Even if I don’t have the ultimate resources for making an album, at least I have some equipment to record my music. It’s mainly stuff that’s co-owned with my former band members in Hanif, with who we once made a full length album on our own (click here to listen if you’re curious).
I know it’s not any high end studio inventories with loads of microphones and endless amount of channels and effects, but I know what they’re capable of, and I know how to use them. If you also add the fact that I have a quite clear view of how I want the music to sound, I think, at least from a creative point of view, this is a good start.
I wouldn’t classify myself as an audio nerd, even if I’m truly more than average interested in the art of recording music. I know what a specific microphone or instrument can do for the sound – and that the mixing can make an ordinary song a world hit. But I also know that a chain ain’t stronger than it’s weakest link. And that’s why I have focused more on getting a recording chain with an OK quality overall, rather than buying an expensive mixing console to mix an already spoiled sound recorded by cheap microphones, for instance.
However, the importance of sound quality, good music is made by stories and the expression of them. The recording equipment should be used only to support those two things – at least how I see it. In that way, my recording equipment reflects my view of the sound on my forthcoming album.
Some of my recording equipment. From left: Mbox, two SC1:s, Oktava and the ribbon mic.
The main microphone for my recordings is an Oktava MK319, a large diaphragm condenser microphone, giving a great register and a clear sound for any acoustic instrument or vocals. It doesn’t requrie any advanced mic pre-amps to sound good, and that’s a plus since my only quality preamps, the ones inside my Tascam M308 mixer, don’t have phantom power feeding.
Another great microphone, yet not that much all-round, is my ADK GR8. That’s a ribbon microphone, the very sensitive kind of microphones that would break if you dropped it once. It works good for stronger sounds, and I plan to use it for recording kick drum and might use it for electric guitar, but it also works for dobro and banjo. Ribbon mics don’t need phantom power, but the only pre-amps I have that can make it sound good are the ones in my mixer console. This sensitive opposit to the Oktava has, when used properly, much more character and warmth in its sound.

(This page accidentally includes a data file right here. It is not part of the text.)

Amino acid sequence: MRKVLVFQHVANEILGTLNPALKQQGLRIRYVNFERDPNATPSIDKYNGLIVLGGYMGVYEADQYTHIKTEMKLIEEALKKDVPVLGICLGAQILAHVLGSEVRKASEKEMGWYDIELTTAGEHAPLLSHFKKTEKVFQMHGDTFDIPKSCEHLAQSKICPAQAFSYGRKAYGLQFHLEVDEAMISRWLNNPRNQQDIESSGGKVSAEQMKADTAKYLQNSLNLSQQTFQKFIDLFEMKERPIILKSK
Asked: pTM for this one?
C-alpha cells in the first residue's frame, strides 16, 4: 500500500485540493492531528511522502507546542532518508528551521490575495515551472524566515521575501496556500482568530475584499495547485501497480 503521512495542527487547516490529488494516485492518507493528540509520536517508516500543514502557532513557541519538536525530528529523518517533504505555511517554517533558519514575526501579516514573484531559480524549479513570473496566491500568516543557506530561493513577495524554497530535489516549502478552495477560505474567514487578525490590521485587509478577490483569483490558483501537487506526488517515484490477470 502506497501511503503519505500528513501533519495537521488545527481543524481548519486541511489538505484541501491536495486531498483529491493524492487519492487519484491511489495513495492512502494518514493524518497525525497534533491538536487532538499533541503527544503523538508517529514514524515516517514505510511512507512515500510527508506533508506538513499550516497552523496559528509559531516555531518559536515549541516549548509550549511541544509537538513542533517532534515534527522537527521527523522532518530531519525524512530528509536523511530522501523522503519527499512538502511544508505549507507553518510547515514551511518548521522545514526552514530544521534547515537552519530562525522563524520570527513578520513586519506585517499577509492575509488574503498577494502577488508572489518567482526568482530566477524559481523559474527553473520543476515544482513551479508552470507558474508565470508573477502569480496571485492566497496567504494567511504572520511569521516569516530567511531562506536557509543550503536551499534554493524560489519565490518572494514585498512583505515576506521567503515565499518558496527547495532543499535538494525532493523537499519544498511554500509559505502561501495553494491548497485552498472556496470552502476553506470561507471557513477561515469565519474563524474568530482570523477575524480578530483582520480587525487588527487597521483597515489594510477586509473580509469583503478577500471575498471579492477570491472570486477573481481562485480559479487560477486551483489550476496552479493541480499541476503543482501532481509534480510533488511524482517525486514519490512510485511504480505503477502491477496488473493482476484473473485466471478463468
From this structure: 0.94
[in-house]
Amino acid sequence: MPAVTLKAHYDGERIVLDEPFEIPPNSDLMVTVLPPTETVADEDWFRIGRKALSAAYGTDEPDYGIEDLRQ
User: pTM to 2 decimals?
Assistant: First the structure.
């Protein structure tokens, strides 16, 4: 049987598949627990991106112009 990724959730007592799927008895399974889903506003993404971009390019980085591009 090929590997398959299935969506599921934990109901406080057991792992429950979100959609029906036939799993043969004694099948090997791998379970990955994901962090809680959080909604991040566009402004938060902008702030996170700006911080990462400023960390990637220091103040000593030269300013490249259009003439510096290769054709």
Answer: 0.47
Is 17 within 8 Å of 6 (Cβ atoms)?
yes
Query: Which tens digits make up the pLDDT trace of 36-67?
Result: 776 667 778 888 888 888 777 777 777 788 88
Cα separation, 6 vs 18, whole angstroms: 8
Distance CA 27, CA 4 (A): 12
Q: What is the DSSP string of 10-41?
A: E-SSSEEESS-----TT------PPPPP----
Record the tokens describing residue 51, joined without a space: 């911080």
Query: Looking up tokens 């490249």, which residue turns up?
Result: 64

Another key to my sound is a pair of ADK SC1:s, small diaphragm condensers that I’m going to use for recording drums. And if I would have had room inside my wardrobe under the stairs, I might have used one of them as an additional microphone when recording the acoustic guitar. When recording drums, the SC1:s are ideally placed a bit away from the drums to get the stereo sound image, and to get the main character for the drum sound. When this is done with a drum set with a great acoustic sound you don’t need the close up microphones to more than stabilize the drum beat a bit.
And that’s good since I’m running out of microphones now. As mentioned I’m using the ribbon mic for kick drum, and the Oktava isn’t ideal as a close up drum mic. The close ups should be robust and capable to pick up fast sounds with high transients without ending up in distortion. That’s why I’m using a Sure SM58 as a close up for the snare drum. The SM58, which is a dynamic rough worker and maybe the most sold microphone in the world, is an outstanding mic for live music. It is designed to perform on a high level even under treatment of unforced rockstar violence. When it comes to studio recordings The SM58 has a good reputation around the world and you can find it (or its thinner brother, the SM57) in most studios, in front of a guitar amp. So don’t be surprised if you find it in front of my VOX AC30 amplifier as well when time comes for that,
The recording itself is done digitally. I have two soundcards with generally the same technique inside. One is an Mbox, with two channels simultaneous in/out channels. It is the first generation of Mboxes that was released by Digidesign some ten to fifteen years ago. It’s easy to use because of the usb power supply, few buttons and light weight. The other sound card is also by Digidesign: a Digi002 in rack version. It has eight simultaneous in and outs (scalable up to 18 in/outs with extra AD/DA converters), and connects to the computer through firewire. That card is perfect for drums, and for mixing.
Both sound cards fuction as keys for the hardware lock on Protools LEv8, the sequenser application to receive and process my music in my computer. I use two computers, mainly a ten years old mac book pro an a stationary power mac G5 in the same age, both operated with OSX 10.6 something. Yet again, I’m trying to keep the links in the chain on the same level. The sound cards, the computers and operative systems are pretty much the same age. They work well together and digitalzes the music registered from my OK microphones into 24 bits and a 48k sample rate ones and zeros.
What more? If I should have missed something, I’m sure the stuff somehow will end up in this blog, sooner or later. Otherwise, just ask me if you’re curious.